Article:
9/14/15

Phooey, I says! Suggested Direction, 8x10

"Suggested Direction" 8x10"  Pastel en Plein air   ©Brenda Boylan

Warning! To be read with "tongue in cheek"

While I go about my errands being the friendly that I am, I oftentimes encounter people in conversation while standing in line at the bank, at some customer service desk, or at the Dr's office, or even while I am out painting plein air, and more than likely they will ask me what I do, like, really do? When I proudly tell them I am an artist, I am more than saddened when the reaction is faced with a kind of curious disbelief. It makes me feel rather odd, like I am irregular, or I'm out of pace with reality. It must be that fancy calligraphic, bold font tattoo that sits upon my forehead that reads "CrAzY!".    

It amazes me that there are hundreds of thousands of artists who live a creative life and carry on their business that the general population has never heard of the artist profession before, like the impossible of impossibilities. My head rings and tremors when I here people say...uh, it's hard to even write it, "starving artist". I just s h i v e r e d when I typed that... or even some lesser term for those who often struggle to get by with their talent. How many people do you know who started a business and struggled, failed, or succeeded? It happens all the time. Yup. Sadly, it is quite possible that the stigma of the "struggling artist" will never vanish from our vernacular. Phooey, I says!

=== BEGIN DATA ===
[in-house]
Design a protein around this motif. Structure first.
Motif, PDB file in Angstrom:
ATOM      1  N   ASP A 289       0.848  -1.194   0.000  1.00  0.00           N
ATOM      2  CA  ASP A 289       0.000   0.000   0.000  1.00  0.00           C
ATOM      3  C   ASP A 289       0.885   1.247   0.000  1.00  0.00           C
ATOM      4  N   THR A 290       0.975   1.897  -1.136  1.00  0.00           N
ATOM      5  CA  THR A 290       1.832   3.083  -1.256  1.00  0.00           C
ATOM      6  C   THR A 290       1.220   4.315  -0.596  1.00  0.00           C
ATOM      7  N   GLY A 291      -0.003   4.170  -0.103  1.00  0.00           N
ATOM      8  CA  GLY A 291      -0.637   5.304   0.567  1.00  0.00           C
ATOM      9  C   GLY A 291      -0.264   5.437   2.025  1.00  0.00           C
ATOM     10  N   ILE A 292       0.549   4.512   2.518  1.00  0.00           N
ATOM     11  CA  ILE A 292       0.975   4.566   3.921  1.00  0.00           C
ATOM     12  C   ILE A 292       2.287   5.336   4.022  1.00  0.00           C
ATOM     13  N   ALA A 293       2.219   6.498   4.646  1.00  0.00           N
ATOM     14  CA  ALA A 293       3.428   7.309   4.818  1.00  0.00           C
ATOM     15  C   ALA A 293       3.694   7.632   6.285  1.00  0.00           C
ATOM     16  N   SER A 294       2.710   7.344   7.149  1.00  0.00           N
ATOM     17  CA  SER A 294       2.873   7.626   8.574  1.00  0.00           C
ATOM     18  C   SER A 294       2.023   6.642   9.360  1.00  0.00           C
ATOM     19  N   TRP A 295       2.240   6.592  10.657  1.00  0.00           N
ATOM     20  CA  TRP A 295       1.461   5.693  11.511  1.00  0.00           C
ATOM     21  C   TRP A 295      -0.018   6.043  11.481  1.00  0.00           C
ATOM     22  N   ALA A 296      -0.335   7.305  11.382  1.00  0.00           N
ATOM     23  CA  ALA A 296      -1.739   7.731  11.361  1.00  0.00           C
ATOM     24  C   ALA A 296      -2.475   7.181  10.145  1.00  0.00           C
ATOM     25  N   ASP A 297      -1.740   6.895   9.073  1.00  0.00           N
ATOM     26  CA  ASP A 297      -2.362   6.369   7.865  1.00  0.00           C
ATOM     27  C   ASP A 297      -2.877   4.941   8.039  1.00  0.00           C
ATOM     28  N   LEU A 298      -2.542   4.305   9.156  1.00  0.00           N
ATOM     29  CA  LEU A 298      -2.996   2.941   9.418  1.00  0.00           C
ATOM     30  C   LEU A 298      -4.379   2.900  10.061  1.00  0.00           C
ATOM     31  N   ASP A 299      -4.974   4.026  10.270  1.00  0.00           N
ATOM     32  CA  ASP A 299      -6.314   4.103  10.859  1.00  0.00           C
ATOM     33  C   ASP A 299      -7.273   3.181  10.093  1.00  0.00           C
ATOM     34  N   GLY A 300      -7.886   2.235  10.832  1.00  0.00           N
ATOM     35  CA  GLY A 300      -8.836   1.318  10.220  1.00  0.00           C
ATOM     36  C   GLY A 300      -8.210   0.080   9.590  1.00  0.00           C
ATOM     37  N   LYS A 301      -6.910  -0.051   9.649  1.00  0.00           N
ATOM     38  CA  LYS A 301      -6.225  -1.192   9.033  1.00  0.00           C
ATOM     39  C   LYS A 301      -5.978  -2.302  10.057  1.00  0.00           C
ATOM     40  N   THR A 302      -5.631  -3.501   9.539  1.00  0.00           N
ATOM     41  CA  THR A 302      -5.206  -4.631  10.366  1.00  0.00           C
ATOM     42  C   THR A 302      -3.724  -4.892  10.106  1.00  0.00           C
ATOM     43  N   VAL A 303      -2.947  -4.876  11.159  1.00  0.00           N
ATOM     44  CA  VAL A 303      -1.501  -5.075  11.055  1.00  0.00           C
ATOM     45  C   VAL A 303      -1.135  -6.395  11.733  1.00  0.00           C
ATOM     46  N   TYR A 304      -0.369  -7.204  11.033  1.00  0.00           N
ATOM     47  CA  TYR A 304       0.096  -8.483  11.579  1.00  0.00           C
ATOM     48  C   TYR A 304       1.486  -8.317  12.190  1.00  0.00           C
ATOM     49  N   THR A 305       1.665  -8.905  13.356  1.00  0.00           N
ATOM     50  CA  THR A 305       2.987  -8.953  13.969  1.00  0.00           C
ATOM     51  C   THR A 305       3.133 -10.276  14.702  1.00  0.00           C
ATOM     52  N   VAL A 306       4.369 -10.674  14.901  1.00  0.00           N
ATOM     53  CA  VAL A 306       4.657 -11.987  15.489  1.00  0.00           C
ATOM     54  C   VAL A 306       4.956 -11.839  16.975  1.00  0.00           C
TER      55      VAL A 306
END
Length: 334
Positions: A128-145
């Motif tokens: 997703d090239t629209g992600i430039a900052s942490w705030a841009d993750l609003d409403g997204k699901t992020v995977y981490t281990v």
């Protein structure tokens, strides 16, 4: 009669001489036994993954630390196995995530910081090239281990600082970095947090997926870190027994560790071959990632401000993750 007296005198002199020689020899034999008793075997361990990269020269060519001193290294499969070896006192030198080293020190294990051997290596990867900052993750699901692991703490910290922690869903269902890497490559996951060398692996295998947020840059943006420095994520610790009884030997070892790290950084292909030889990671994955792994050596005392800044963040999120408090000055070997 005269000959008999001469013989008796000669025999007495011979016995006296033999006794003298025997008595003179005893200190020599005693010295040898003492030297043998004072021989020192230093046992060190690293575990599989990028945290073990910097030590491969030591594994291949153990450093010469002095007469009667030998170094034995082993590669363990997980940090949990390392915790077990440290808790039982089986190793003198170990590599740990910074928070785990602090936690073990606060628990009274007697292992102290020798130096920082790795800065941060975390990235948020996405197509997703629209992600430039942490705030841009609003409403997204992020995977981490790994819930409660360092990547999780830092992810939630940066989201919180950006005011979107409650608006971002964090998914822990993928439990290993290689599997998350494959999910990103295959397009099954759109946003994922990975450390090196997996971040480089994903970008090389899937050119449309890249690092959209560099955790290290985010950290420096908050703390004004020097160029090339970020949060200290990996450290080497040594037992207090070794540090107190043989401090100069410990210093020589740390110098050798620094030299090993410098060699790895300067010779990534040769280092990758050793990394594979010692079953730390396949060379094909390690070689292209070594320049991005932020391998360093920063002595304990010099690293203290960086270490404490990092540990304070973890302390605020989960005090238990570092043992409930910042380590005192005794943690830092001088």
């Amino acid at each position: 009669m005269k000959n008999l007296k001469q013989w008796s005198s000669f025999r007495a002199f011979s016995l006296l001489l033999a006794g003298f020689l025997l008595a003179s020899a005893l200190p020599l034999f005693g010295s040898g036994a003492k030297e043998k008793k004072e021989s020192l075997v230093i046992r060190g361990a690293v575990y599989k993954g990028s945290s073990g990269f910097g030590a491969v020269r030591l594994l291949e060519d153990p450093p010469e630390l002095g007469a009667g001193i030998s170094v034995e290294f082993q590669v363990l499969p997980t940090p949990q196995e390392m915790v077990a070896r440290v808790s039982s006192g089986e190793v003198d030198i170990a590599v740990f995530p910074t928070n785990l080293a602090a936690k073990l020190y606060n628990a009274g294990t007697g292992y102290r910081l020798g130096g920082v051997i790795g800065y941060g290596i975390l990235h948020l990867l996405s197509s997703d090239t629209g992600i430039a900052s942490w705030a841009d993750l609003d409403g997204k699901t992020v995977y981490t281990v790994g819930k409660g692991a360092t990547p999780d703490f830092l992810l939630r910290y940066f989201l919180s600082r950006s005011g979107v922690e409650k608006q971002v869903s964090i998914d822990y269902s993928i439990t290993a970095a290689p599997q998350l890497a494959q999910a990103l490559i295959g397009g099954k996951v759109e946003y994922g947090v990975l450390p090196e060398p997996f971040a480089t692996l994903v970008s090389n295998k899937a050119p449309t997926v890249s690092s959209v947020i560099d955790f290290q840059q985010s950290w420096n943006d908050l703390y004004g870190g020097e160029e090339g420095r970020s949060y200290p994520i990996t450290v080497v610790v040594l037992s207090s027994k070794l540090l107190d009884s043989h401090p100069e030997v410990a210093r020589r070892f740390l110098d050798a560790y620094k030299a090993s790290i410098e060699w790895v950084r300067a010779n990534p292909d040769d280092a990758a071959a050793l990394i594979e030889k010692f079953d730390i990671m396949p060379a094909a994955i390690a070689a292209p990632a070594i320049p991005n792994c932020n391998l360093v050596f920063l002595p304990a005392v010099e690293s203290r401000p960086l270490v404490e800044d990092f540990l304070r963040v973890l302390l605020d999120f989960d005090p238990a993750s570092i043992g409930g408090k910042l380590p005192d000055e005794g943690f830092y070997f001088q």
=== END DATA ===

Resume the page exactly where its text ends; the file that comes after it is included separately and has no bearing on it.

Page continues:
What do you say or feel when someone tells you they are an artist, musician, dancer, or actor? I'd love to here.

Now if I could only wash off that tattoo!

~B

3 comments:

Jim Serrett said...

The word artist has lost its meaning, just go to any Fall Festival and see the “artists”. The guy selling birdhouses, metal wine bottle holders, and other Knick knacks are artists. Or the recent MFA recipient the majored in art ed or art therapy and had a 4 hour drawing/painting class is an “artist”.

The general persona of the word artist to the public is someone that teaches (theory) or make crafts (trinkets and novelty).

It is a sign of our fail art education system, so why would anyone expect you to be actually making a living doing art.

You asked. Sorry if it seem negative, but I feel it is the reality. But I do not let it slow me down, I going to do my art and follow my vision of art.

Sergio Lopez said...

It's funny how we have to qualify our profession by deprecating it by putting "starving" at the beginning. It's not like people say "I'm a starving teacher" or "starving barista." It's almost like people see our profession as self-indulgent, so we have to make sure our struggle is real by reminding people that "Hey guess what I'm painting stuff all the time... but I'm not making much money from it!"

Brenda Boylan said...

Thanks Jim and Sergio for your input. I am out painting in public places quite a lot and it is perhaps the first time they have ever seen someone painting which prompts the questions. It's ever-surprizing that it is "questionable" I think the next time I am asked that question, I will answer with the question "Why are you surprised?" Our profession has to do a better job at protecting our image, and those crafty folks do have something to offer, but in a simpler, creative way.